Monday, January 02, 2006

Bush Has A Fit

I've heard that the best defense is a good offense, but the President's sputtering hissy fit over the disclosure of his domestic spying ring is about as offensive as it gets. Is he angry at the New York Times who sat on the story for a year? Maybe they finally developed a conscience after the Bush administration used their reporter to leak preferential information during the build-up to the Iraqi war. In the words of George the First, "This will not stand."

Bush may say he's only eavesdropping on swarthy men telephoning the Middle East, but anyone who lived through the Nixon era knows that the next step is the "Enemies List." And when we are discussing domestic enemies, that may include anyone who ever crossed Karl Rove or pushed Cheney around when he worked for Gerald Ford. We already know the Republican blueprint for illegal domestic surveillance. Nixon was impeached for it and half of his cabinet went to jail. Bloggers and journalists of every stripe are wearing out that old Santayana quote about those not learning from the past being condemned to repeat it. This has to be the lamest lame duck we have ever had.

And it's not that there were any obstacles in the administration's way. A special court established by the Foreign Intelligence Surveillance Act is already in place and ready to sign warrants within hours of their request. And if they don't answer the door quickly enough, the Bush Leaguers had up to four days to inform them of any action taken to tap a cell phone. Even in the Bush copywrited "Global War On Terror,"
it is necessary to go through the motions just to give a wink to the Constitution. They make laws preventing tuna fishermen from casting nets so large and tightly woven that they catch dolphins. The same principle applies here. While fishing for evil-doers, a lot of patriotic Americans that just don't happen to agree with the President get tangled up in the net.

Bush is upset that he was caught in yet another in a string of stunning illegalities. And, let's face it, judging from the President's history, he didn't just make an end run around Congress and the Courts because they impeded his path. Bush is a slacker of historic proportion, so if he did not obtain court orders it was either because he was too lazy or no one explained the meaning of the law to him. For him to come out swinging and say these revelations will hurt our troops is the worst sort of demagoguery. Russ Feingold said it best, "Bush is not king."

Simply put, the Bush Leaguers' attempt to ignore the law and then to paint their critics as unpatriotic, stinks. This attempt at unchecked power to spy on American citizens is the moral equivalent of Joseph McCarthy snooping for Commies in the 50s. Maybe the Communist witch hunts were well intended at the beginning. But history shows that they were bad for our country and put a shroud over political dissent that ruined lives and lasted for decades. It finally got repugnant enough for people of good will to stand up and stop it. And all the Bushies had to do, and all they have to do now, is ask for a warrant.

These disclosures won't prevent the government from monitoring electronic messages. It will just make the evil-doers more clever about not using any "red flag" terms that might give them up. For instance, they won't be able to use any words that are inflammatory, err, make that volatile, or maybe, upsetting. And you can't mention by name that very real terrorist organization that means to hurt us, or the name of that tall, skinny, bearded guy who leads them. And don't discuss the new information regarding our military command structure outsourcing the job of capturing that tall guy to the Mujahadeen in Afghanistan. Make that; the rag-tag bunch of scamps that we financed to kick the Russians out in that far away place where the most recent unpleasantness was concocted. They let the tall guy go because, after all, he was one of them.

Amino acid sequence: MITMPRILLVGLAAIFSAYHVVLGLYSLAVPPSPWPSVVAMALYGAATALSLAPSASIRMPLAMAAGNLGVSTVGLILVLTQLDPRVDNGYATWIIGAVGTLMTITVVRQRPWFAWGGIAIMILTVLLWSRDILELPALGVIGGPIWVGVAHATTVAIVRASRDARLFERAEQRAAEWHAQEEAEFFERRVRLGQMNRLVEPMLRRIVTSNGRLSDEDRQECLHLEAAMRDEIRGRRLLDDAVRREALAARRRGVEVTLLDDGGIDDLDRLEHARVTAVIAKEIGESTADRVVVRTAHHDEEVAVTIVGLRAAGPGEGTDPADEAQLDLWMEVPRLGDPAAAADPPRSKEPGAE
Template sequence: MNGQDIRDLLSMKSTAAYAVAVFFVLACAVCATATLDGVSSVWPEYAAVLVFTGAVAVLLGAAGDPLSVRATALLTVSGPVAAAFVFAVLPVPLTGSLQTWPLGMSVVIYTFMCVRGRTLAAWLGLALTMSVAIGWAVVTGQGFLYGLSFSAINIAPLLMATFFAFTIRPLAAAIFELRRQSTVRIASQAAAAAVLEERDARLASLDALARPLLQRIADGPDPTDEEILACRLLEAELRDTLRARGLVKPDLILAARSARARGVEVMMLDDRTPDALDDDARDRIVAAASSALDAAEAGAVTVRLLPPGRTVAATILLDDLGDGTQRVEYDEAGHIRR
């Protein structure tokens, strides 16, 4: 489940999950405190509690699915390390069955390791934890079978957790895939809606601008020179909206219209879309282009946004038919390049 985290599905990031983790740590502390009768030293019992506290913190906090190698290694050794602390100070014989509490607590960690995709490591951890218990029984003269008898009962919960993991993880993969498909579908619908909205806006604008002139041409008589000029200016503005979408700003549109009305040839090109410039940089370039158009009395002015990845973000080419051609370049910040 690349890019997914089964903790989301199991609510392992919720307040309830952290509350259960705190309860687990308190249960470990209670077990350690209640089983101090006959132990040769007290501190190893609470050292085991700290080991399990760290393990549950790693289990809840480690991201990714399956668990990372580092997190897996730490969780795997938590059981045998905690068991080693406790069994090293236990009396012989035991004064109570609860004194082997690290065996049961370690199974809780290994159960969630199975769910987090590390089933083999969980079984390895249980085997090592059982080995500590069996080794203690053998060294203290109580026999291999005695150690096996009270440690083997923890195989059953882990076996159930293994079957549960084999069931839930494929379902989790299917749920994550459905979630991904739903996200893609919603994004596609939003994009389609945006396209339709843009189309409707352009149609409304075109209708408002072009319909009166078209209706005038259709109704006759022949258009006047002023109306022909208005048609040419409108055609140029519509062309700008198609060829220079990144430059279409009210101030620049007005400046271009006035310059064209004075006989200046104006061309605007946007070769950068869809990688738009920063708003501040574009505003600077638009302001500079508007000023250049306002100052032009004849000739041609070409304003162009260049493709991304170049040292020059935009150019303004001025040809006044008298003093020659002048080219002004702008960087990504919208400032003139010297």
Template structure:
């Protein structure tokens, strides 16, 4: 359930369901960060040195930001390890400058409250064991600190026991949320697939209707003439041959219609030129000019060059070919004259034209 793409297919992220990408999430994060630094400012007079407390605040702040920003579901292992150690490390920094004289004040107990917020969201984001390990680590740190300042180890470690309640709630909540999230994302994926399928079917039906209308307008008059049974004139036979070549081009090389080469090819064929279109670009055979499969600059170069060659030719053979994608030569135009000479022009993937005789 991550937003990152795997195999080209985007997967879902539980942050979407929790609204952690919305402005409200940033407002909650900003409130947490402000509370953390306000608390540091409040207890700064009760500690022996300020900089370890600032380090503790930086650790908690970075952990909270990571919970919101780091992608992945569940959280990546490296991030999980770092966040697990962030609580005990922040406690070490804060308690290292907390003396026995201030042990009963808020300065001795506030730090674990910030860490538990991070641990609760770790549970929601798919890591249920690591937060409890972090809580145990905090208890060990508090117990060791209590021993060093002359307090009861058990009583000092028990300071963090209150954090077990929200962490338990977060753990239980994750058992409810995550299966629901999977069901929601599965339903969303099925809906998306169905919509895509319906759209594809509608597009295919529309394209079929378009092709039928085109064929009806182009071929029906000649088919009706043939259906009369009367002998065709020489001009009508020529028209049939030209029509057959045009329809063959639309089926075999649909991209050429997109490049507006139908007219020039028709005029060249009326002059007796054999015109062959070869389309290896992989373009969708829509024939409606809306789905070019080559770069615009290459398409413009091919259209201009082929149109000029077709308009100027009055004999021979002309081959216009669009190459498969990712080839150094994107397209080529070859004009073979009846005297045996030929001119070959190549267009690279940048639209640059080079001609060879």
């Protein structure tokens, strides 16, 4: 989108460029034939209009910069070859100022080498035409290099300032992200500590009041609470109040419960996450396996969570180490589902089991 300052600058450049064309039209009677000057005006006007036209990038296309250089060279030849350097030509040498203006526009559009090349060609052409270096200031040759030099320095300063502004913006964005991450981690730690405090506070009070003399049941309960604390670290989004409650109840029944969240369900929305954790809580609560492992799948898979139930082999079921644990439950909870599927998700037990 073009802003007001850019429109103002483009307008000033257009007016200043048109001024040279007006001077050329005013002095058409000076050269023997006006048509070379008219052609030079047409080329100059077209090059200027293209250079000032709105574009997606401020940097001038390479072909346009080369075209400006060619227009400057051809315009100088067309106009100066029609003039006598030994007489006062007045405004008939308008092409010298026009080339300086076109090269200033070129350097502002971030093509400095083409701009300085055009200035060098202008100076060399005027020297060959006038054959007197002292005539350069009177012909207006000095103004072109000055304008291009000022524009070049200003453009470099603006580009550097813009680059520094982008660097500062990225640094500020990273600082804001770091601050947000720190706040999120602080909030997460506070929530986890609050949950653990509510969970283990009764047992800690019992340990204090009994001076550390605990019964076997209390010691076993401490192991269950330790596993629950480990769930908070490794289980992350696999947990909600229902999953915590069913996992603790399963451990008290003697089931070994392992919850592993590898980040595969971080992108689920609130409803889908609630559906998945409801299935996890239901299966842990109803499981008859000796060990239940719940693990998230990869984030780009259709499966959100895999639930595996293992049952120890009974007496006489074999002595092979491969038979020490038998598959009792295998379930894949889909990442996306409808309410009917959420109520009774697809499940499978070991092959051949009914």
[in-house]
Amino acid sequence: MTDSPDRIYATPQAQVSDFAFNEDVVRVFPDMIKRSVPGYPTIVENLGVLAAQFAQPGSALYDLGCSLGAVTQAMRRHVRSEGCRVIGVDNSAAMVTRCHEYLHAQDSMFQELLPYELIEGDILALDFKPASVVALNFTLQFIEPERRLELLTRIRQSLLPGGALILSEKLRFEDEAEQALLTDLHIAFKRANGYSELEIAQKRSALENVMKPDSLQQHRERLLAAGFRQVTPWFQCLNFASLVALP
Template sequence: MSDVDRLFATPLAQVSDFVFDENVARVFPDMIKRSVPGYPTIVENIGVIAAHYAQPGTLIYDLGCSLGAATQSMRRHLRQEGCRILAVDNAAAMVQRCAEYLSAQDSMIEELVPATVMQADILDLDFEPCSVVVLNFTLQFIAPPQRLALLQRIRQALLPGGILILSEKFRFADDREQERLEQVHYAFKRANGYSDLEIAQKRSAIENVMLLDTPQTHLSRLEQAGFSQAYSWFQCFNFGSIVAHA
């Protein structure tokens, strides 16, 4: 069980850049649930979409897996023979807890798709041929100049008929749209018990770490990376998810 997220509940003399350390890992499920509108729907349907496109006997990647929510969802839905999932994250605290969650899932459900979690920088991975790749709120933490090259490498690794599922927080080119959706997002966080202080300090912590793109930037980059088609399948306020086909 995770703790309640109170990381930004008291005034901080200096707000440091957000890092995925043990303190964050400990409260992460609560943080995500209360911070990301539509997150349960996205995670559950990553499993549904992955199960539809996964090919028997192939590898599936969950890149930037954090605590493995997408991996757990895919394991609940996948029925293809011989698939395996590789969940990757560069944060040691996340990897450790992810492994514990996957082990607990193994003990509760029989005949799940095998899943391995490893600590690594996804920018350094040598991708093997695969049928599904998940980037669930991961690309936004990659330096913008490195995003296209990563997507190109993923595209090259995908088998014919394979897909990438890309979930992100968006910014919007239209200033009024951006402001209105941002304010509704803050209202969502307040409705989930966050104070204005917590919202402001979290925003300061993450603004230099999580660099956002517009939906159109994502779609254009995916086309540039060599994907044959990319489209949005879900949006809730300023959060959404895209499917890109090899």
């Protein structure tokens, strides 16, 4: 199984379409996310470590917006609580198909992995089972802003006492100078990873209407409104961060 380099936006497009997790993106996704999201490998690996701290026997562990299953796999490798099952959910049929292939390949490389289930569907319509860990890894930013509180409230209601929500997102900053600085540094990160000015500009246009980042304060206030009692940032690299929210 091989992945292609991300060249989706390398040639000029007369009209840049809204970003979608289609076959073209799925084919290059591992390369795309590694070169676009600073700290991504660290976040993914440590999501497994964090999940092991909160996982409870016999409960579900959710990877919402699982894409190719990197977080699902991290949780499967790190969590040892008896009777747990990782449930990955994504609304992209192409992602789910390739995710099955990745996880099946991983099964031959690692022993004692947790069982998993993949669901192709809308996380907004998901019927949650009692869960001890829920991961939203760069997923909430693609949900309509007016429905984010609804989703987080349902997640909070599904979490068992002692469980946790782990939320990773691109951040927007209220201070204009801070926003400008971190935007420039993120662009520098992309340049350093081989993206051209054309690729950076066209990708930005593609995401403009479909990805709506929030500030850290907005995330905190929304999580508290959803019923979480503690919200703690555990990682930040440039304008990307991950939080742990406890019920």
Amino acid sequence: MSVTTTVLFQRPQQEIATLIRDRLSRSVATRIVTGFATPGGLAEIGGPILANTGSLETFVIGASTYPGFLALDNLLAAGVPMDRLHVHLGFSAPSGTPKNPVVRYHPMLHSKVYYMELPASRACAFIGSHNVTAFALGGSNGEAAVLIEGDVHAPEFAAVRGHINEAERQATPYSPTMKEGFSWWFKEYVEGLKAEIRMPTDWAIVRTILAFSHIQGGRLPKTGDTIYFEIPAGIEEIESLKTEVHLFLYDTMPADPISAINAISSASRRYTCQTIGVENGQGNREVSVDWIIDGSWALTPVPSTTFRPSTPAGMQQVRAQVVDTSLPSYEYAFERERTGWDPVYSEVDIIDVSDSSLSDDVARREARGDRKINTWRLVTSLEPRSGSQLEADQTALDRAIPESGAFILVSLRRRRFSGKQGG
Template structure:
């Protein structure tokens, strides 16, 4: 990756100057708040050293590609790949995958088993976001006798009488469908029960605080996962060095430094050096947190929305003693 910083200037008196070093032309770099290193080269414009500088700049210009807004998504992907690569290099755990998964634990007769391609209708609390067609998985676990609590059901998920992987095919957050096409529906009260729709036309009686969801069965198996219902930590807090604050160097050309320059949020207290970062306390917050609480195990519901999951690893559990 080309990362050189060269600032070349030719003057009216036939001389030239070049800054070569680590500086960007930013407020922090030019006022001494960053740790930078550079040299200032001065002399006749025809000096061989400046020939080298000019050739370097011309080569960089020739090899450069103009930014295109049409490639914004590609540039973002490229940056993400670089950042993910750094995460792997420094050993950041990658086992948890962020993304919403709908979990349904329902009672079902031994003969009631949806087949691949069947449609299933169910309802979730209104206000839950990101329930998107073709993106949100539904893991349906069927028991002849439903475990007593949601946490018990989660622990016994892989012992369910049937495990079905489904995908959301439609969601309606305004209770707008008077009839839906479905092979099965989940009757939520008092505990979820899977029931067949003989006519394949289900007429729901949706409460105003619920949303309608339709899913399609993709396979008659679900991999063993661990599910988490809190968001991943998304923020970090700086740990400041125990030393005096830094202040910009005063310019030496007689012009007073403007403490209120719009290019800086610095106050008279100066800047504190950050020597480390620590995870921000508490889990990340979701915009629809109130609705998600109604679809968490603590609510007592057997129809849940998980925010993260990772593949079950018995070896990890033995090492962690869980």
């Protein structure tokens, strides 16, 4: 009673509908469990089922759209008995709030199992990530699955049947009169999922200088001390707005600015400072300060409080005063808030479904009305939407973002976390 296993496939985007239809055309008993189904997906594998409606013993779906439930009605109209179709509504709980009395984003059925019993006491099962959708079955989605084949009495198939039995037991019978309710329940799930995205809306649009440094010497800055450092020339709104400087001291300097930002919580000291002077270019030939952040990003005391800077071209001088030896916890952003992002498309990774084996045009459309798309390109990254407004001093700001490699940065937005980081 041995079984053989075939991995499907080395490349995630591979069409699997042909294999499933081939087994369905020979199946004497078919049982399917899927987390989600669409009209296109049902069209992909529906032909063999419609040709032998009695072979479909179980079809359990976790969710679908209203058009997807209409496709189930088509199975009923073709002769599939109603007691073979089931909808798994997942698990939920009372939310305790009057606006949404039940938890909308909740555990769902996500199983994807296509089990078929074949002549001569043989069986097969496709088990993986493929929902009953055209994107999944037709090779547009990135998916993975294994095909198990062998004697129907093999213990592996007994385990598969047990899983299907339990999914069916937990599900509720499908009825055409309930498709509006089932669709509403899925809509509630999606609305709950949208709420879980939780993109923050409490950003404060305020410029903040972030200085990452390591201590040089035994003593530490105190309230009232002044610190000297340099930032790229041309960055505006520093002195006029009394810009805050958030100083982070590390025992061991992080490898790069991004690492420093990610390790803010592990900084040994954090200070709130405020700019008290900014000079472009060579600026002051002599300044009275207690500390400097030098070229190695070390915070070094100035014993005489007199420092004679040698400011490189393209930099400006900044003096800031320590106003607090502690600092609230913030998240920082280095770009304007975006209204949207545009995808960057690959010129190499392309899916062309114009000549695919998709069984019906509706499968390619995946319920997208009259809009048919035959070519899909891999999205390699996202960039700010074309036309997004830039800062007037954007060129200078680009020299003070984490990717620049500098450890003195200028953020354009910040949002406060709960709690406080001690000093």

If the government intends to eavesdrop on American citizens, they should actually have to read the transcripts or listen to the conversations rather than collect masses of data and look for something that might be suspicious. Anyone who has ever been critical of Bush could end up in that naked pyramid. Correct that to say, anyone who says unkind things regarding the imperial power of the current regime runs the danger of being lumped together with people who really don't like us and wish to harm us in a very real way. Wait, that's not going to work either. How about, loose lips equal danger of arrest and incarceration without legal representation for indefinite periods of time. Well, never mind.

4 comments:

Wintermute said...

That's the spirit.

will reed said...

go randy!

Paris said...

I assume they have been listen to us since the 60's, and have probably long ago decided that we really aren't a credible threat. What a "shame on us."

Kacey Cypress said...

I am not naive and was aware that the Bush Crime Family was capable of pretty much any underhanded tactic to keep American citizens docile and complacent, but the New York Times story shocked me. Not only because of the administrations open disregard for the law, but also the fact that every American is not outraged. Have we become sure a country of sheep that everyone is willing to blindly follow whatever that moron says? I for one have not allowed the threat of external terrorism blind me to the fact that sometime the greatest threat comes from the people who are 'supposedly' supposed to protect you. I do hope that the corrupt members of the administration and the Republican Congress get what’s coming to them, but I don’t believe they will. A couple of members of Congress will be made an example of and everyone else’s crimes will be forgotten. Regardless, I am not being melodramatic when i say that the damage that these people have done will continue to destroy lives for generations.